We discussed how often a book is seen as an object. And how most of the time, that object is not questioned or examined much in today’s settings due to the average selling standard of books. But the book as an object can do a lot to help tell its meanings. Joseph Massey connects multiple parts of his chapbook, “It Follows,” as an object to its figurative forms in its contents.
A large part of Massey’s poems focuses on litter and how long it stays before decaying. One poem even says about how an old plastic plate is mistaken for moss and lichen. His chapbook, although made of different types of paper, feels very sturdy and lasting in your hands. This is due to its cardstock cover that covers over a fly leaf sheet of the same material. Personally, while I do understandably believe this is for structure, I was very fascinated about how this cover and fly leaf were set up. It seemed like the fly leaf was originally the cover, until a new, block printed cover was glued on.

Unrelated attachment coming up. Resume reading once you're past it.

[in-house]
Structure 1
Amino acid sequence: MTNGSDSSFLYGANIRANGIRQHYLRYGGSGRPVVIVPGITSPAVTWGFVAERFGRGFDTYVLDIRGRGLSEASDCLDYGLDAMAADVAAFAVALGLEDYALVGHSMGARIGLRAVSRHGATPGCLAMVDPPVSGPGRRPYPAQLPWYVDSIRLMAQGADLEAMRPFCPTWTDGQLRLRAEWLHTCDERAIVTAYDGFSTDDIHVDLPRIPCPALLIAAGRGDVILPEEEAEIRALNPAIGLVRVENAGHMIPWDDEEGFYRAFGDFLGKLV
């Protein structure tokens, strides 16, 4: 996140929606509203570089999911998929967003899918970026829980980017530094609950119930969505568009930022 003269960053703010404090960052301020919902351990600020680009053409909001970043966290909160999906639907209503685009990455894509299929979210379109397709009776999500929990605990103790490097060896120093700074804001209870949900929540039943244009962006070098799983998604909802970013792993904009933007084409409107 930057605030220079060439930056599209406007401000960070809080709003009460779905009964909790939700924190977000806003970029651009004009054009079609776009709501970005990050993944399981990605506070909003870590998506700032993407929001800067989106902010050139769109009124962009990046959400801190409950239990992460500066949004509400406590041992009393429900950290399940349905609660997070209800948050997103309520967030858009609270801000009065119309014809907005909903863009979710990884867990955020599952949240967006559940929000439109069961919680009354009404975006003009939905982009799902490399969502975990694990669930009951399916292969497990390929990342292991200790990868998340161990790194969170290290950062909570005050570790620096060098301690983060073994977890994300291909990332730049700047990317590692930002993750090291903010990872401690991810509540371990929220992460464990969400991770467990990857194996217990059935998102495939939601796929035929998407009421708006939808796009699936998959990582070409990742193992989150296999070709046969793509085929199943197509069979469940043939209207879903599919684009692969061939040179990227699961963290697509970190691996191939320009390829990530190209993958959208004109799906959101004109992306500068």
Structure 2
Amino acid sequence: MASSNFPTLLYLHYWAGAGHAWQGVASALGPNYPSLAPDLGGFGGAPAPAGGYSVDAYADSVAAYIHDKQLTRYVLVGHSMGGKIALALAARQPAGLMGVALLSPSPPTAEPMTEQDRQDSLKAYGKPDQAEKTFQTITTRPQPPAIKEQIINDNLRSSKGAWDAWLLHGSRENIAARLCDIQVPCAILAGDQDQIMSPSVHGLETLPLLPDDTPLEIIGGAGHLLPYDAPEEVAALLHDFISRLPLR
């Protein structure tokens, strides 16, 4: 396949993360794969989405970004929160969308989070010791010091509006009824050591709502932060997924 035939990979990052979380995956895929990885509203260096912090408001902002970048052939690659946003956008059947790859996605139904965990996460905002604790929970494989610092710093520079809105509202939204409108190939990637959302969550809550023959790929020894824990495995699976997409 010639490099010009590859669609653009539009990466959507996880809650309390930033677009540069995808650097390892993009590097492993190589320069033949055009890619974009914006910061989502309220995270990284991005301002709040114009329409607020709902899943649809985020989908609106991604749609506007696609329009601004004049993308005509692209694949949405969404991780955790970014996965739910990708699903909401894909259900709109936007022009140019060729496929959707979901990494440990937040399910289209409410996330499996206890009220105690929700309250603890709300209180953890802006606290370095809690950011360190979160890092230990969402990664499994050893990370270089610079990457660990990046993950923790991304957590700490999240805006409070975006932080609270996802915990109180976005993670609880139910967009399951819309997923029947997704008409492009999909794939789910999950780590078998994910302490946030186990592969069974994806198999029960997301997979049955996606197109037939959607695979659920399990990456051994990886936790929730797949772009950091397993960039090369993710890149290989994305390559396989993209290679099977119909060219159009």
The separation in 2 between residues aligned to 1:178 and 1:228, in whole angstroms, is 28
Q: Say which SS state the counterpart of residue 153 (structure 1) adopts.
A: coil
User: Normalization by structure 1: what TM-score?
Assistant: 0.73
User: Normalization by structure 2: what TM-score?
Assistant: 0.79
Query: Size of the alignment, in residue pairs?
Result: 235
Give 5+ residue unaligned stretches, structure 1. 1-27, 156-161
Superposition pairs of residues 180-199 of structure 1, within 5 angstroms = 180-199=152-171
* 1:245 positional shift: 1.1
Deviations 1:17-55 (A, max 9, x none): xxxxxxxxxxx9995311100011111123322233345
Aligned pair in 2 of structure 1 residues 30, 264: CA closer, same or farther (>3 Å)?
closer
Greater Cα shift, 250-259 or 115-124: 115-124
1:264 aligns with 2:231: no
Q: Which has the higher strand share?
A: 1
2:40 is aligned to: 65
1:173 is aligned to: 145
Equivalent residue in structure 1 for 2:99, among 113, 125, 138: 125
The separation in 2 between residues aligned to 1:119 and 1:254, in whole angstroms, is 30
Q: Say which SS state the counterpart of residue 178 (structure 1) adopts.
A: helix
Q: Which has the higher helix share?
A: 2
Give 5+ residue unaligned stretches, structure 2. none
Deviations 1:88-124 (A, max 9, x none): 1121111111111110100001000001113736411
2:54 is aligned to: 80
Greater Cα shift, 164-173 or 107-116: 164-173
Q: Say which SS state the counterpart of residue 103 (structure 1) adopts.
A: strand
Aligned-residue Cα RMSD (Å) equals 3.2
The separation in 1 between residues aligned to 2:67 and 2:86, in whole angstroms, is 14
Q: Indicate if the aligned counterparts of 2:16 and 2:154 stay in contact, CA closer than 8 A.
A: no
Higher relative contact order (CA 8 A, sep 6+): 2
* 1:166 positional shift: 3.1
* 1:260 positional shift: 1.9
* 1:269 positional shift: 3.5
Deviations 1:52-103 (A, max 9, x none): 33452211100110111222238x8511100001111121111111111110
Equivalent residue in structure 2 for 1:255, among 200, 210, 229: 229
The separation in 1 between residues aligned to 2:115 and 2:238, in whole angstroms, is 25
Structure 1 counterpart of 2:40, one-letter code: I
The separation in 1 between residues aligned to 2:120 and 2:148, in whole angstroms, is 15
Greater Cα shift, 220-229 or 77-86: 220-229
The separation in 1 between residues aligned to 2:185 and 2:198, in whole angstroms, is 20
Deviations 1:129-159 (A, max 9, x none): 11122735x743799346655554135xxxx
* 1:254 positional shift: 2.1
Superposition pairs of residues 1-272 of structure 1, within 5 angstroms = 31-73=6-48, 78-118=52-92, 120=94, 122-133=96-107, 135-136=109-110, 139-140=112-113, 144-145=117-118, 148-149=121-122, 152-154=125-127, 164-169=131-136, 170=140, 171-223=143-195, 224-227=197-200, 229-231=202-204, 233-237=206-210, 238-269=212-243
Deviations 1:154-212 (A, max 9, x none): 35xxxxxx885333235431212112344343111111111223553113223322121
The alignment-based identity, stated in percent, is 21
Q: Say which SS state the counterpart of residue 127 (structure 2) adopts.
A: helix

The cover also features a block print of a broken, run-down window that is surrounded in very tall, weed-like plants. This cover image welcomes you into the story if its poetic contents.
The paper itself ties into its poems. The back of the book has a section that mentions all of the paper that created the book itself are made from recycled litter. The papers, especially the yellow sheets, still have some visible little specks and marks from the items it was made from. So not only does the book feel sturdy and lasting like long–lasting plastics, but it itself is made FROM litter. It is a creation from contents that connect it to the book’s own writing contents.